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For anyone who hates that Halloween only comes once a year, Forever Autumn is a perfect fix. It’s the story of a witch who meets a vampire, and all hell breaks loose.
Alice is an apprentice witch and a klutz, avoided by all members of the Bat Coven. But finally, her master allows her to buy a bat, whose blood is needed to magic Alice’s broom to fly. But the bat is really Miki, a vampire caught in a raid. Thought to be extinct, all witches are taught vampires were nothing more than blood-sucking shapeshifters, now the stuff of legend. Though shocked, Alice agrees to help Miki return to her den and family. But along the way, Alice begins to learn the true history of the Bat Coven, and the witches’ relations with vampires, leading to questions she never thought to ask.
Aisleen Romano, the creator, has written a comic where the very real discussion about racism, prejudice, and cultural clashes is set in a fictional world of magic and monsters. To Alice, having grown up in the coven, bats owe a debt to witches, and must pay with their lives. For Miki, it means thousands of her people have been trapped and killed. The comic is mostly dialogue between Alice and Miki, showing how cultural understanding comes about. Alice can be quite mulish, insisting her viewpoints are right, but continues to ask questions and listen to Miki’s story, allowing her viewpoint on witch history to slowly change. Conversely, Miki dislikes Alice’s constant misinformation, and her glib acceptance, but does appreciate the young witch is at least asking questions and listening.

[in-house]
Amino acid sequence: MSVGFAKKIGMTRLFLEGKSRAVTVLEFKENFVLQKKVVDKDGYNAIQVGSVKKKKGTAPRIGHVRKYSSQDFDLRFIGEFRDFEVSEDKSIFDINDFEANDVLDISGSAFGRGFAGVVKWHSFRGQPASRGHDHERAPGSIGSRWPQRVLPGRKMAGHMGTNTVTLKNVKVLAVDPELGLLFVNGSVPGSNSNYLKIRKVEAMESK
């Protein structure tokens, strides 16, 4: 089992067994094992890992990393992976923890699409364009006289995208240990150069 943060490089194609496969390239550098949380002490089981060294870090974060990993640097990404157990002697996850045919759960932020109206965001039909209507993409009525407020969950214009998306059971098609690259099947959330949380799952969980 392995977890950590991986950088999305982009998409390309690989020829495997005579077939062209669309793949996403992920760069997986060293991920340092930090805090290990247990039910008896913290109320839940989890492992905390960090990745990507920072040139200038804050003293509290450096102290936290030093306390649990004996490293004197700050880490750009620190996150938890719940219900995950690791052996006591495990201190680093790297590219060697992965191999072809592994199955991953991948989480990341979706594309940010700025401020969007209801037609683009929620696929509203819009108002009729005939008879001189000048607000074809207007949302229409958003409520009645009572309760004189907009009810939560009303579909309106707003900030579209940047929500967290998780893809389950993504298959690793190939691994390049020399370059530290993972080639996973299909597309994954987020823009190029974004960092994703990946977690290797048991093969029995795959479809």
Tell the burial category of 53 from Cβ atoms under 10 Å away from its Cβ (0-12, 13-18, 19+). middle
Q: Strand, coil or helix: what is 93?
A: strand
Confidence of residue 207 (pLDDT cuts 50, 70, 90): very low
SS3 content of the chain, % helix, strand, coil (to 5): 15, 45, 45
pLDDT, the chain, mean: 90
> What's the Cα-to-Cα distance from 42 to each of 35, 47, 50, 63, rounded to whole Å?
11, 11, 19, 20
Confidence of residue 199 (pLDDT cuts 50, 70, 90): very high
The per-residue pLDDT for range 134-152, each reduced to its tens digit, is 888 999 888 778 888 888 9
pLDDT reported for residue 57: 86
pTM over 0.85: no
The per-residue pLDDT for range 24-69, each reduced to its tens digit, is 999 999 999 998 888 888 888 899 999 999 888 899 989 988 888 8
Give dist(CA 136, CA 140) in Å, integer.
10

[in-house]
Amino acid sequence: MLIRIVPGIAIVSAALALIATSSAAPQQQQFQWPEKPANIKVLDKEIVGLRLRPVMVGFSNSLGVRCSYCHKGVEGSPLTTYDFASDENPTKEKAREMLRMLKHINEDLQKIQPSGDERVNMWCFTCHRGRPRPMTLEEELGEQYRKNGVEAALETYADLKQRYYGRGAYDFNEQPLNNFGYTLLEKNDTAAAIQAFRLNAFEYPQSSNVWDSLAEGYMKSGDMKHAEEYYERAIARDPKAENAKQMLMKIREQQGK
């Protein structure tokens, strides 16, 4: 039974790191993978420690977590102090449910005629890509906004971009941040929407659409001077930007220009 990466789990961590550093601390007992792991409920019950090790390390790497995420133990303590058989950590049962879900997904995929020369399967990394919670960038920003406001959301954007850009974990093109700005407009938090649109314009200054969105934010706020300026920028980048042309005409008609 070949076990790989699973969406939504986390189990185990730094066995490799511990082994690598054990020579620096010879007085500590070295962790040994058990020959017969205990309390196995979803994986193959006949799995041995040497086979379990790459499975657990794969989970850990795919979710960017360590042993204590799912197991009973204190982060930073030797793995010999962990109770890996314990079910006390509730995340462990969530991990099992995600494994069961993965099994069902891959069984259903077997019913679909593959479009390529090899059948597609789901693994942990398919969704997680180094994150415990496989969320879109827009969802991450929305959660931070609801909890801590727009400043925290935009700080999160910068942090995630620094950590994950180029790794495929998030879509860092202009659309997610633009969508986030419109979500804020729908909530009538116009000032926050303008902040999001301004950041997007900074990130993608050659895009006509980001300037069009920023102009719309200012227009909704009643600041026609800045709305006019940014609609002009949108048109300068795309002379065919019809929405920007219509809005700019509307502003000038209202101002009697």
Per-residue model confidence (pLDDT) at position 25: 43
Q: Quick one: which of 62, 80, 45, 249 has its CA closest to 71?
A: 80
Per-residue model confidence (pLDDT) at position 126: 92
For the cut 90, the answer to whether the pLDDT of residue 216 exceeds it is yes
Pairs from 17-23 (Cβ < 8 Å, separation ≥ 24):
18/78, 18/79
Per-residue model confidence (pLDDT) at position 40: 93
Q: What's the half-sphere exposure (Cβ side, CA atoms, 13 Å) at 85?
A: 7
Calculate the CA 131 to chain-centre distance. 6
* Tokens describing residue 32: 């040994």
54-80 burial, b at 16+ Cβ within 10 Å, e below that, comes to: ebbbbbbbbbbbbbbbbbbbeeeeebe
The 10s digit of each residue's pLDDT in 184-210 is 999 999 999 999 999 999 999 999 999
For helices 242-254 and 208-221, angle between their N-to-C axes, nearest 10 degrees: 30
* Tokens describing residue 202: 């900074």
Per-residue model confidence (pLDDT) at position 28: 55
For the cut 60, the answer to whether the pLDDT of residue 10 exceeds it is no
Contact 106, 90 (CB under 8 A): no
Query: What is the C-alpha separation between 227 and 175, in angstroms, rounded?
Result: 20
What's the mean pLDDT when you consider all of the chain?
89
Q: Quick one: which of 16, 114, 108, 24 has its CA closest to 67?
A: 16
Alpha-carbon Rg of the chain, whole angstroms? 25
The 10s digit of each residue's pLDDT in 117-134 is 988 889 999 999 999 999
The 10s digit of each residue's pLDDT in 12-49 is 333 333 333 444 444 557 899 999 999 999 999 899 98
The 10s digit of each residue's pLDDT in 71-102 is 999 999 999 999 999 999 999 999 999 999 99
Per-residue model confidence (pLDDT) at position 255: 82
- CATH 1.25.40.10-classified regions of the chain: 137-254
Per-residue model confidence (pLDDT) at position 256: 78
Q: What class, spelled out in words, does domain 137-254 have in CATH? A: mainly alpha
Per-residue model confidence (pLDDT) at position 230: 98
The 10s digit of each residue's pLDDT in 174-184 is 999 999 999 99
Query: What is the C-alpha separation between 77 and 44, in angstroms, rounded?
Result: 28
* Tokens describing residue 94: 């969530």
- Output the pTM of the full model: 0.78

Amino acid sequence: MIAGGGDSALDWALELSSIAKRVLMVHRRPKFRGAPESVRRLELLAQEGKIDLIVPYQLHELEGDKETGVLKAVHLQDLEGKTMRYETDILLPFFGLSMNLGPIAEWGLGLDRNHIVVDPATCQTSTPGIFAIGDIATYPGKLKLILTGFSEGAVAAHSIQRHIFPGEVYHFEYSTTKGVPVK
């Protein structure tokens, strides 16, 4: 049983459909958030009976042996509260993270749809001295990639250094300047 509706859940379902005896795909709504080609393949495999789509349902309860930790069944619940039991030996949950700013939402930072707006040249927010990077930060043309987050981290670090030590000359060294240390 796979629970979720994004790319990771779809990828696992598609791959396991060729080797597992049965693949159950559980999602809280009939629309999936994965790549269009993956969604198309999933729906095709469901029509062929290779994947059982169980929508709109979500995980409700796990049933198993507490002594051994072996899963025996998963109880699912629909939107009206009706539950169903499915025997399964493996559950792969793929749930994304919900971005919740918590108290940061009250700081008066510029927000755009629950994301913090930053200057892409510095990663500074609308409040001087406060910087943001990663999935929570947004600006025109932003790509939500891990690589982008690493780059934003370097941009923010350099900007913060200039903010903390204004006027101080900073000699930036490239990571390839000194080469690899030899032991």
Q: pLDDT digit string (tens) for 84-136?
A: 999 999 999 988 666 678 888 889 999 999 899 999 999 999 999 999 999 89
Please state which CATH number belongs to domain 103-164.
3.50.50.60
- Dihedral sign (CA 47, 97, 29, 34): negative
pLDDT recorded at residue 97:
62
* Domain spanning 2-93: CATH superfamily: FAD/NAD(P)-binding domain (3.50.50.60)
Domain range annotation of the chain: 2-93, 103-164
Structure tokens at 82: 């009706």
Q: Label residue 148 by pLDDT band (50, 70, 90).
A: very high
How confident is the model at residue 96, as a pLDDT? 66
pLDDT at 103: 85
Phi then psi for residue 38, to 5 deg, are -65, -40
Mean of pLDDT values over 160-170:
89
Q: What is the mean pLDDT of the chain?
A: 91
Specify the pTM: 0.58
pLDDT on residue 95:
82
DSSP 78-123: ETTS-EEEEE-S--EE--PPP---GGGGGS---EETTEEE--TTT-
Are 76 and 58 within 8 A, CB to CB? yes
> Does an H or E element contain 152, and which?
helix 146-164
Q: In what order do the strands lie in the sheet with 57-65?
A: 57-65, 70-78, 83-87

Romano juxtaposes simple shapes for the characters against detailed backdrops. The coven’s village is reminiscent of a rural hamlet, albeit with creepy undertones. The witches all more or less wear the same dress, caplet, and pointed hat, the typical costume. It is Miki’s design that is against type, swathed in a one piece that is part cloak, part bodysuit. While the witches all look human (with a few exceptions), Miki is a mixture of elongated bat features with human attributes. There is a slight exaggeration when it comes to Alice’s design, similar to the magic-girl art where the characters look younger than they are. It serves as a lovely contradiction, the wild looking Miki, serious and tetchy, versus the gullible and happy-go-lucky childlike Alice.
A cute looking cartoon with a cunning message and spooky settings, Forever Autumn is a delight to read. Follow Alice and Miki’s adventures at Forever-Autumn-comic.